From Field to Fork in Hook Norton

Hugh McSporran is happy. His first season has ended and it has greatly exceeded his expectations. Financially, much to his relief it is viable as he has a niche product which up until last year was unknown in this part of England. The weather had been kind to him, his gamble looked to have paid off. He had taken his grandfather’s advice when choosing a site for his first business venture in England.

The locals in Hook Norton had accepted him into the area but had initially thought his line of business had seemed a little quirky even by their standards. Why did he create a business in Hooky? To answer that question we have to go back to 2014 when the question of Scottish independence was on everyone’s minds – well those residing in Scotland anyway.

Hugh’s grandfather, Fergus, had been the subject of an interview for the village newsletter about his plans for the Friends of Alba. The Friends were a collection of mainly retirees living in Scotland who wished to remain within the Union and would not be able to come to terms with an independent Scotland. They had identified a few places in England with Scotland in their name as potential locations for establishing an expat Scottish community, Scotland End in Hook Norton being one such place.

However, as we all know the majority of those eligible to vote in the Referendum decided to remain in the Union and hopes for an independent Scotland were dashed. It was meant to be a “once in a lifetime” vote but the current incumbent of Bute House in Edinburgh’s Georgian Charlotte Square sees otherwise. The new government in Westminster, elected with a sizeable majority in December 2019, has initially stated that another Referendum vote for Scotland is a “definite” no. However, politicians change their minds and several businesses in Scotland are looking to relocate to England should an IndyRef 2 vote take place and the majority this time around vote for independence.

Hugh McSporran has already made his decision to relocate part of his business to England. Whisky is currently being produced in England. Of course, it cannot be called “Scotch” but it is essentially the same product using English water. The Cotswold distillery in nearby Stourton just across the county border in Warwickshire is enjoying success. Tapping in to this Hugh and his charming wife, Morven, have set up their business on the fringes of Hooky in Ale Wood, a relatively new plantation of mixed trees. A shepherd’s hut strategically placed at the foot of one of the fields acts as an observation post for his livestock.

In 2014 the Friends of Alba identified the field by the doctors’ surgery as potential for establishing their e pat community. Since then Stapenhill, a property on Netting Street but still regarded as Scotland End came on the market and Hugh and Morven snapped it up. Much work needs to be done to the house and they are gradually modernising it while they live in a mobile home on site. Those of us familiar with the property might wonder what they plan to do with the building to the right of it which has housed various tenants over the years. However, it has already been turned into a processing plant for their business.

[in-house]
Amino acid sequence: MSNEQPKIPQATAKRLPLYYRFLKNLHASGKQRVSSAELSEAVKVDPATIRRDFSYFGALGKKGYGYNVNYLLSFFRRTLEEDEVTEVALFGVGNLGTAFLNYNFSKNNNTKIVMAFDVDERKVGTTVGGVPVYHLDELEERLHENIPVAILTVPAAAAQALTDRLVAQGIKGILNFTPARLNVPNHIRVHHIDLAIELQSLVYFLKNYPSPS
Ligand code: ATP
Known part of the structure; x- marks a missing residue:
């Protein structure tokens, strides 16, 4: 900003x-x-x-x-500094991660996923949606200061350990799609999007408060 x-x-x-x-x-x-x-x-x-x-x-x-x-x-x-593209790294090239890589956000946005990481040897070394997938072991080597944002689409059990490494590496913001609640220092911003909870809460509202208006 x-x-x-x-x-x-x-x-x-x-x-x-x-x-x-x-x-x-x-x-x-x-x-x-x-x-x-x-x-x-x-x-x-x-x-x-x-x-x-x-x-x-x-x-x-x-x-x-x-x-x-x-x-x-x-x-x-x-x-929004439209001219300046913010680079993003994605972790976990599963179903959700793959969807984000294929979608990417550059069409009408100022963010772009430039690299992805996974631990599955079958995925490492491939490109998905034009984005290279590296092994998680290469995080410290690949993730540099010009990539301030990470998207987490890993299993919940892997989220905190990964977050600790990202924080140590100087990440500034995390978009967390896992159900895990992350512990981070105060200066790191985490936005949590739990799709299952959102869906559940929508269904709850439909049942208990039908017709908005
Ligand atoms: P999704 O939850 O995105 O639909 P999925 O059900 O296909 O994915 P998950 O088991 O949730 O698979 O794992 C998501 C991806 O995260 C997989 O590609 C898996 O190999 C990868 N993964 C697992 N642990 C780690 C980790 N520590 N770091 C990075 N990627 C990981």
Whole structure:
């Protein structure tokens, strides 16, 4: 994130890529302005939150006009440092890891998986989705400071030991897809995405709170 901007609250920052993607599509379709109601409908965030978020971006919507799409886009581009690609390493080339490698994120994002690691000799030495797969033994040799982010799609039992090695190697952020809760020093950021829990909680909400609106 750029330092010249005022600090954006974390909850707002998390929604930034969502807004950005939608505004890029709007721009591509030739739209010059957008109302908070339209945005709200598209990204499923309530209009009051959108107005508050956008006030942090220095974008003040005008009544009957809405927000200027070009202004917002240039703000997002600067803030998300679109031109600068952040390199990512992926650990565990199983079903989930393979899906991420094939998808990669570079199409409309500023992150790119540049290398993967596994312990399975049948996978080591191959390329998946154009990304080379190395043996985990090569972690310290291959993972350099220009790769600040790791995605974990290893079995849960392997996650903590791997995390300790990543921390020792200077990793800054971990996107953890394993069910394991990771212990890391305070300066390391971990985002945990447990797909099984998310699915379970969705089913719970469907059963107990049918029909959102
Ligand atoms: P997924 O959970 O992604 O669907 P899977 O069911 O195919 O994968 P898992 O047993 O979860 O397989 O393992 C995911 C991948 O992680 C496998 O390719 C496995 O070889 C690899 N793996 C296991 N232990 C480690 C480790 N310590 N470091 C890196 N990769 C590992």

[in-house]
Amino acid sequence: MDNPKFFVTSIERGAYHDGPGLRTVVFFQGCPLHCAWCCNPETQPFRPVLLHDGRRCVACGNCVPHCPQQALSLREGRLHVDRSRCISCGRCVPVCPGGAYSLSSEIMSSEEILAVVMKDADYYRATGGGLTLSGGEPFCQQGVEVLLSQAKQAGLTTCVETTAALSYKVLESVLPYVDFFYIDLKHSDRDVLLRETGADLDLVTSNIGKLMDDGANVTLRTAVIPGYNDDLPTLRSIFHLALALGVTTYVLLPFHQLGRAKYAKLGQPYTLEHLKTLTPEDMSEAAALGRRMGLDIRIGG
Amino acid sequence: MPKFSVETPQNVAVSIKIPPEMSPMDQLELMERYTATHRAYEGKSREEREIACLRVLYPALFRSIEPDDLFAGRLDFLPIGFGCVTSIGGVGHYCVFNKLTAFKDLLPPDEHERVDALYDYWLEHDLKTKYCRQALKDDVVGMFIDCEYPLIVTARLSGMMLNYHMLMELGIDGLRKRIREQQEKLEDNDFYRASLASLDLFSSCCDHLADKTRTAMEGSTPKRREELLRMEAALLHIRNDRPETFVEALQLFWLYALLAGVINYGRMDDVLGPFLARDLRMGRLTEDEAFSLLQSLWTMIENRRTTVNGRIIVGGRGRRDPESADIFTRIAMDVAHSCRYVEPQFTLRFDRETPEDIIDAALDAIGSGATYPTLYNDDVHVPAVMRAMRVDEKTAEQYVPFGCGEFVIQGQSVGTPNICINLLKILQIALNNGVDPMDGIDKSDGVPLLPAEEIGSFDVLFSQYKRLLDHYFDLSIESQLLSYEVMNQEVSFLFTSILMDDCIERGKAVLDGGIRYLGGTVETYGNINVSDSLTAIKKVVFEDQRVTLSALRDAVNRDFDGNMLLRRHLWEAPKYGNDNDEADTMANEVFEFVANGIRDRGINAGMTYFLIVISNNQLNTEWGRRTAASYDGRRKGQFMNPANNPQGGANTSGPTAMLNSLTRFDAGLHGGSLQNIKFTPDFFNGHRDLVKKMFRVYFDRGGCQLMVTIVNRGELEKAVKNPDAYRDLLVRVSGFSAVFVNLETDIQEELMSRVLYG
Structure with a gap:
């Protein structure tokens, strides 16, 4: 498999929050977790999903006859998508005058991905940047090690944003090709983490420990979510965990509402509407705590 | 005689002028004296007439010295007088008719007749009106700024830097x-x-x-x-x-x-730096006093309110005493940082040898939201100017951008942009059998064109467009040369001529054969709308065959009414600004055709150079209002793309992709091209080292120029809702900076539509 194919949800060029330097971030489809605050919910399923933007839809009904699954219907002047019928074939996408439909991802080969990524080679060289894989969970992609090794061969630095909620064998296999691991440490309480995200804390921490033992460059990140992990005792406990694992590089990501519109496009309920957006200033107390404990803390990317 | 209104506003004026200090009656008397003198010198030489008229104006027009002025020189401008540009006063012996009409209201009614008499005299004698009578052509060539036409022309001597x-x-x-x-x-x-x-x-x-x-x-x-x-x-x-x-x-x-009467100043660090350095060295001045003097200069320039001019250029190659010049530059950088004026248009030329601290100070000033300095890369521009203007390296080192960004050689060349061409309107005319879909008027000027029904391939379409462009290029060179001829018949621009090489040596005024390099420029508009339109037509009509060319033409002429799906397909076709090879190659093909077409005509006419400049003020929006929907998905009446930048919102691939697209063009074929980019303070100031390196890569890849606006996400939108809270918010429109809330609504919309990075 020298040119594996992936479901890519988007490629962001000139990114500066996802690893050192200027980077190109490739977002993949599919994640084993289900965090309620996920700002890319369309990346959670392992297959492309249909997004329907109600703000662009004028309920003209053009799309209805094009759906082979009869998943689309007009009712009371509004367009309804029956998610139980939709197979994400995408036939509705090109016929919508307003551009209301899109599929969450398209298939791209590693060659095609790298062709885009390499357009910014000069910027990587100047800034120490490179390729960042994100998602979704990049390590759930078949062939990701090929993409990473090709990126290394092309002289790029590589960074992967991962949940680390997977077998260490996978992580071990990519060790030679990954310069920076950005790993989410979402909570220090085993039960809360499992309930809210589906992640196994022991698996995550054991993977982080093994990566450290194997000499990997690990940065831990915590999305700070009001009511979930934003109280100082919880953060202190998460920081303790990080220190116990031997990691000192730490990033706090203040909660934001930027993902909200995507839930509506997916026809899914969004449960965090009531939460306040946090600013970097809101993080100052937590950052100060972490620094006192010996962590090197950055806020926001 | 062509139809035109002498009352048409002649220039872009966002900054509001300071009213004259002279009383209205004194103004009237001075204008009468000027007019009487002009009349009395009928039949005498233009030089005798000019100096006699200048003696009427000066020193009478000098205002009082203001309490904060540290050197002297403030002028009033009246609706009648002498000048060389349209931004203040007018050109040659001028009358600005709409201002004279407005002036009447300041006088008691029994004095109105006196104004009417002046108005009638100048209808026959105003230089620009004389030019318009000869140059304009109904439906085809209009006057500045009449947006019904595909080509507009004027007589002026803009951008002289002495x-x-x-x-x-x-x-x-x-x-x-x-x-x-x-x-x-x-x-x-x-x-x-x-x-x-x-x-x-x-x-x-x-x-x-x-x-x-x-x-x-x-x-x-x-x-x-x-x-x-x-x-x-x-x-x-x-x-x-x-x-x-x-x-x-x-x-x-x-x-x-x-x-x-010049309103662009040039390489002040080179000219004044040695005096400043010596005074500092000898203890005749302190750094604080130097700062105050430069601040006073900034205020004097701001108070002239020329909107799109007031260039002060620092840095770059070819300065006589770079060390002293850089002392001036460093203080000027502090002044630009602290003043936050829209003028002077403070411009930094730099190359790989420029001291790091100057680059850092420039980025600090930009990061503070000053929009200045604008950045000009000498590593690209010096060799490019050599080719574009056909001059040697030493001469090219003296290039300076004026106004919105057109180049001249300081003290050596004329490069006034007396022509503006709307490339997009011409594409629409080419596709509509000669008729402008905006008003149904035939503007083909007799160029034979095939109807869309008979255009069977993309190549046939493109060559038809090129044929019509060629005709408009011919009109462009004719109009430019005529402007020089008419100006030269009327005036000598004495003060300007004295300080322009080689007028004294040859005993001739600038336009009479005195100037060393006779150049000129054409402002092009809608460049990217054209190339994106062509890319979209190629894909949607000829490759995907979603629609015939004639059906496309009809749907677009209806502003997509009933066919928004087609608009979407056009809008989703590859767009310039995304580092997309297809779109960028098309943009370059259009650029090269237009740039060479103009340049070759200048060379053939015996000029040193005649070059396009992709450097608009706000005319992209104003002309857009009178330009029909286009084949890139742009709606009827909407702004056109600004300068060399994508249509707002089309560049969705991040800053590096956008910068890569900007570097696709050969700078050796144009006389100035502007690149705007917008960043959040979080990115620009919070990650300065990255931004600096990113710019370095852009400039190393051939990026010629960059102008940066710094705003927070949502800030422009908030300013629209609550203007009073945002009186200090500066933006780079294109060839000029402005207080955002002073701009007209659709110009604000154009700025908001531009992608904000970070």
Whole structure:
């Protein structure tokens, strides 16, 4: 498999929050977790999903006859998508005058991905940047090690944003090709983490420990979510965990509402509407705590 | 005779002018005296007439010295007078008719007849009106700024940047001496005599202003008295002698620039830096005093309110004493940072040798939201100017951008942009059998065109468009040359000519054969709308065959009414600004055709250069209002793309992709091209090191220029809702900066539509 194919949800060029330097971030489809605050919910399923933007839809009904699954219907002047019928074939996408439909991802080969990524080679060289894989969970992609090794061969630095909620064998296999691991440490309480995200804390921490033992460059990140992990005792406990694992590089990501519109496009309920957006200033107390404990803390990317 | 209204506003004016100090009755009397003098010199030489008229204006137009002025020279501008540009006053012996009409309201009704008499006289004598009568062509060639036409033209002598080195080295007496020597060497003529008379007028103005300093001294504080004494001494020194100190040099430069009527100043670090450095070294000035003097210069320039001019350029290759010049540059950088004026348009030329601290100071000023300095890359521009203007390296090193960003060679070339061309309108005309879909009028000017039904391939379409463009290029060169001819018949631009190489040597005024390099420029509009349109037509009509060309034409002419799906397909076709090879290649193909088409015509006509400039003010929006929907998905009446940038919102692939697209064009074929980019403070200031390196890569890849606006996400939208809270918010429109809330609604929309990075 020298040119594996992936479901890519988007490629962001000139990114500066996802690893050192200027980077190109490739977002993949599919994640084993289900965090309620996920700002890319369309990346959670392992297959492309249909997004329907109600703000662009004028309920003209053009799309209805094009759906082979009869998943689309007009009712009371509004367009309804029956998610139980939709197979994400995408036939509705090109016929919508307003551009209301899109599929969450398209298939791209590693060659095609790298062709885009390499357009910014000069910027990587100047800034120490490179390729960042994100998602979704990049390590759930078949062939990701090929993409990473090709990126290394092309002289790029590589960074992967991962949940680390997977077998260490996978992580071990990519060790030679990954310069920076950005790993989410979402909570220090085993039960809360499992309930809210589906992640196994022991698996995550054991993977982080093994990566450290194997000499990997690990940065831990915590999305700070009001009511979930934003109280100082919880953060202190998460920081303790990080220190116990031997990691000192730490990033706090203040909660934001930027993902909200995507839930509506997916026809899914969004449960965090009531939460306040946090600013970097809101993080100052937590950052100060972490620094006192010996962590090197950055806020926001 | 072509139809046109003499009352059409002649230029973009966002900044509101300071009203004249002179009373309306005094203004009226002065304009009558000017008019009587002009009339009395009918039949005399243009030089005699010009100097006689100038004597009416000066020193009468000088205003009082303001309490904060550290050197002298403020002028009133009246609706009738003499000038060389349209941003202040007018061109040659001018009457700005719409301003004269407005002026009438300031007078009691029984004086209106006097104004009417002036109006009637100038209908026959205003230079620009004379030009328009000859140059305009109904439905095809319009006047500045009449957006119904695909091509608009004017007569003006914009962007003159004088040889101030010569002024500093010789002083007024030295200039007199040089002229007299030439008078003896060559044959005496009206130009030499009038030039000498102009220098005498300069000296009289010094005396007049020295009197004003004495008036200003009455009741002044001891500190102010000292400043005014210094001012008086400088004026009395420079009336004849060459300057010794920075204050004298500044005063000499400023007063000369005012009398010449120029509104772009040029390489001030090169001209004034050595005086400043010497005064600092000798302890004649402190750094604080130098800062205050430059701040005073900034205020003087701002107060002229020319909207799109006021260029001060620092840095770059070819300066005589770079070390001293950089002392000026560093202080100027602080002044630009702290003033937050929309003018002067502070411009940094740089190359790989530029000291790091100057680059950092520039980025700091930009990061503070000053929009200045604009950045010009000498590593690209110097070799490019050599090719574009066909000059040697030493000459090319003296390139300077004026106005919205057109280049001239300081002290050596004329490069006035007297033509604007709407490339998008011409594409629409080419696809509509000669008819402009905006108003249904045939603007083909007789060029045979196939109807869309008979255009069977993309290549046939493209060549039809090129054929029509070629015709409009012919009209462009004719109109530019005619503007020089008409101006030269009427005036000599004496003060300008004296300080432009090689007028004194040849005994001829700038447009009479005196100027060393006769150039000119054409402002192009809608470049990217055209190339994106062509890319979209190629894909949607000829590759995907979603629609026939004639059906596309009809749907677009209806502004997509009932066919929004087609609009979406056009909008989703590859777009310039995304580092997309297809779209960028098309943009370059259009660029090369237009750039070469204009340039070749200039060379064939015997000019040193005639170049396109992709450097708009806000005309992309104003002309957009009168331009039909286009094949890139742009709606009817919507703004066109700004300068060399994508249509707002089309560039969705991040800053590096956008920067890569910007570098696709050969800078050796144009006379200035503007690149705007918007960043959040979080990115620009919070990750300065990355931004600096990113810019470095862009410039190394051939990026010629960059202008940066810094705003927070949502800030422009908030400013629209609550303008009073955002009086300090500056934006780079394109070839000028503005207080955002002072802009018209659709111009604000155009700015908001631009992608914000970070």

What do Hugh and Morven produce here? Your correspondent was allowed a quick look around. The interior has been gutted and a production and packaging facility has been set up. The door at the rear has been altered to enable delivery vans to pull up and take away their unique product. Well, it is unique for the Cotswolds, but several local retailers are now stocking it thanks to a aggressive marketing campaign.

Apologies, the writer is getting carried away with describing the state of the art facilities at Stapenhill without telling you what these young entrepreneurs do in the village. Locals who walk on the footpath and bridleway which cross Ale Wood night have heard unusual noises coming from the plantation. We are used to pheasants and partridges in the area and to the untrained ear the new woodland sounds could be identified as coming from these game birds.

What Hugh and Morven have established is England’s first haggis farm. Normally haggis thrive on grouse moors and other upland areas in Scotland but the creatures that have been relocated to Ale Wood seem to have settled in well. As the trees are planted fairly close together they are quite difficult to spot, their natural colourings have enabled them to blend unobtrusively into the background. They are, of course, fenced in as there is no wish to have them spread to other areas as pests. Killing is very humane, the animals are caught in traps and brought in small batches to the production facility under cover of darkness for slaughter and packaging into the final product we have grown to enjoy. Whilst some haggis producers have a year round facility at the moment the McSporrans is seasonal culminating in Burns Night which falls on 25th January. This was their first year of production and it has been extremely successful. The Scottish expats in the area have enjoyed this premium product as numerous online reviews have testified. The local soil gives the haggis a milder flavour than its Scottish counterpart which means that even more discerning English palates are beginning to appreciate this delicacy.

What does the future hold? Hugh is setting up a breeding programme for the 2020 Christmas season whereby stud animals are being trapped in Scotland and introduced to those inhabiting Ale Wood. Thus the bloodlines are being expanded, this will eliminate inbreeding which has happened with some of the more remote haggis populations in Scotland. These are usually the three legged variety. The long term aim is to make haggis an all year round foodstuff not just for Hogmanay and Burns Night celebrations. This young couple have certainly impressed this writer who can vouch for the taste and flavour of this wonderful product.